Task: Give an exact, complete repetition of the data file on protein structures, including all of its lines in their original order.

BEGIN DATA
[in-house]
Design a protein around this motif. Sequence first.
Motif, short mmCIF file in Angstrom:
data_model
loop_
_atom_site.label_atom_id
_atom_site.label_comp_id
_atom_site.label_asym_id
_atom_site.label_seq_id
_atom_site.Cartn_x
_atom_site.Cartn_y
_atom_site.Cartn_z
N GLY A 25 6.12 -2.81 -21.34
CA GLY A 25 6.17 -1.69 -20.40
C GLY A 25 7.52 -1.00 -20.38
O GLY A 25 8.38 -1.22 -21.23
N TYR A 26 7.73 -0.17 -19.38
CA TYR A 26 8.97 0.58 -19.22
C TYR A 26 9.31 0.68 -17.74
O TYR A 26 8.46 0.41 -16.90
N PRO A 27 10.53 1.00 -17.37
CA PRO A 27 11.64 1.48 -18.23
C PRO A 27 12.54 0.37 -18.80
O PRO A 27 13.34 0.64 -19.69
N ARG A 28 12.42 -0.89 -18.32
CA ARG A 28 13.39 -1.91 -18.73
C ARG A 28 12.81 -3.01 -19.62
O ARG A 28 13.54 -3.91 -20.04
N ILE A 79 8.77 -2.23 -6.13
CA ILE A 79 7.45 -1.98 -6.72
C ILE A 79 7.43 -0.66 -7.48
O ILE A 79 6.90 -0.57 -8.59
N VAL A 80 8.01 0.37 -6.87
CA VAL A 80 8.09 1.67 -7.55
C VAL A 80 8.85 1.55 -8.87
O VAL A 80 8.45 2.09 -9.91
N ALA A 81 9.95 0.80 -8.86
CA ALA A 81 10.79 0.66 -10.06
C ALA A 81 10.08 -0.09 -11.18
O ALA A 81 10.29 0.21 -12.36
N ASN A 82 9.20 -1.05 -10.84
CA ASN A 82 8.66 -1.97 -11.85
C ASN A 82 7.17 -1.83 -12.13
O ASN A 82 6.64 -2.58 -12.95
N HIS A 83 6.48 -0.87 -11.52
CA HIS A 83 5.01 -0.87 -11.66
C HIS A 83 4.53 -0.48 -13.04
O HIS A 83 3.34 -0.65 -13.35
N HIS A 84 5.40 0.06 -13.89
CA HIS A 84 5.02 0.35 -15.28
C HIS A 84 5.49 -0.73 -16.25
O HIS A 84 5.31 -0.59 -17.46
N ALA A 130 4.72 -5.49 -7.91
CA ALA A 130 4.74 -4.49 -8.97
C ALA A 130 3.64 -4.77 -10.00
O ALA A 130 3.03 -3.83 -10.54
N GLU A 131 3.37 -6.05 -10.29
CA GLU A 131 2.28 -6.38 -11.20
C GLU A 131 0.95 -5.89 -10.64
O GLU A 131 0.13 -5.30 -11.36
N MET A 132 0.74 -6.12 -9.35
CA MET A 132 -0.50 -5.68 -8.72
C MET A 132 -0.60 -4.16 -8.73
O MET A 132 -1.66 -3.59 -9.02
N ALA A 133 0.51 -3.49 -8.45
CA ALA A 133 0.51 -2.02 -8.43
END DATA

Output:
[in-house]
Design a protein around this motif. Sequence first.
Motif, short mmCIF file in Angstrom:
data_model
loop_
_atom_site.label_atom_id
_atom_site.label_comp_id
_atom_site.label_asym_id
_atom_site.label_seq_id
_atom_site.Cartn_x
_atom_site.Cartn_y
_atom_site.Cartn_z
N GLY A 25 6.12 -2.81 -21.34
CA GLY A 25 6.17 -1.69 -20.40
C GLY A 25 7.52 -1.00 -20.38
O GLY A 25 8.38 -1.22 -21.23
N TYR A 26 7.73 -0.17 -19.38
CA TYR A 26 8.97 0.58 -19.22
C TYR A 26 9.31 0.68 -17.74
O TYR A 26 8.46 0.41 -16.90
N PRO A 27 10.53 1.00 -17.37
CA PRO A 27 11.64 1.48 -18.23
C PRO A 27 12.54 0.37 -18.80
O PRO A 27 13.34 0.64 -19.69
N ARG A 28 12.42 -0.89 -18.32
CA ARG A 28 13.39 -1.91 -18.73
C ARG A 28 12.81 -3.01 -19.62
O ARG A 28 13.54 -3.91 -20.04
N ILE A 79 8.77 -2.23 -6.13
CA ILE A 79 7.45 -1.98 -6.72
C ILE A 79 7.43 -0.66 -7.48
O ILE A 79 6.90 -0.57 -8.59
N VAL A 80 8.01 0.37 -6.87
CA VAL A 80 8.09 1.67 -7.55
C VAL A 80 8.85 1.55 -8.87
O VAL A 80 8.45 2.09 -9.91
N ALA A 81 9.95 0.80 -8.86
CA ALA A 81 10.79 0.66 -10.06
C ALA A 81 10.08 -0.09 -11.18
O ALA A 81 10.29 0.21 -12.36
N ASN A 82 9.20 -1.05 -10.84
CA ASN A 82 8.66 -1.97 -11.85
C ASN A 82 7.17 -1.83 -12.13
O ASN A 82 6.64 -2.58 -12.95
N HIS A 83 6.48 -0.87 -11.52
CA HIS A 83 5.01 -0.87 -11.66
C HIS A 83 4.53 -0.48 -13.04
O HIS A 83 3.34 -0.65 -13.35
N HIS A 84 5.40 0.06 -13.89
CA HIS A 84 5.02 0.35 -15.28
C HIS A 84 5.49 -0.73 -16.25
O HIS A 84 5.31 -0.59 -17.46
N ALA A 130 4.72 -5.49 -7.91
CA ALA A 130 4.74 -4.49 -8.97
C ALA A 130 3.64 -4.77 -10.00
O ALA A 130 3.03 -3.83 -10.54
N GLU A 131 3.37 -6.05 -10.29
CA GLU A 131 2.28 -6.38 -11.20
C GLU A 131 0.95 -5.89 -10.64
O GLU A 131 0.13 -5.30 -11.36
N MET A 132 0.74 -6.12 -9.35
CA MET A 132 -0.50 -5.68 -8.72
C MET A 132 -0.60 -4.16 -8.73
O MET A 132 -1.66 -3.59 -9.02
N ALA A 133 0.51 -3.49 -8.45
CA ALA A 133 0.51 -2.02 -8.43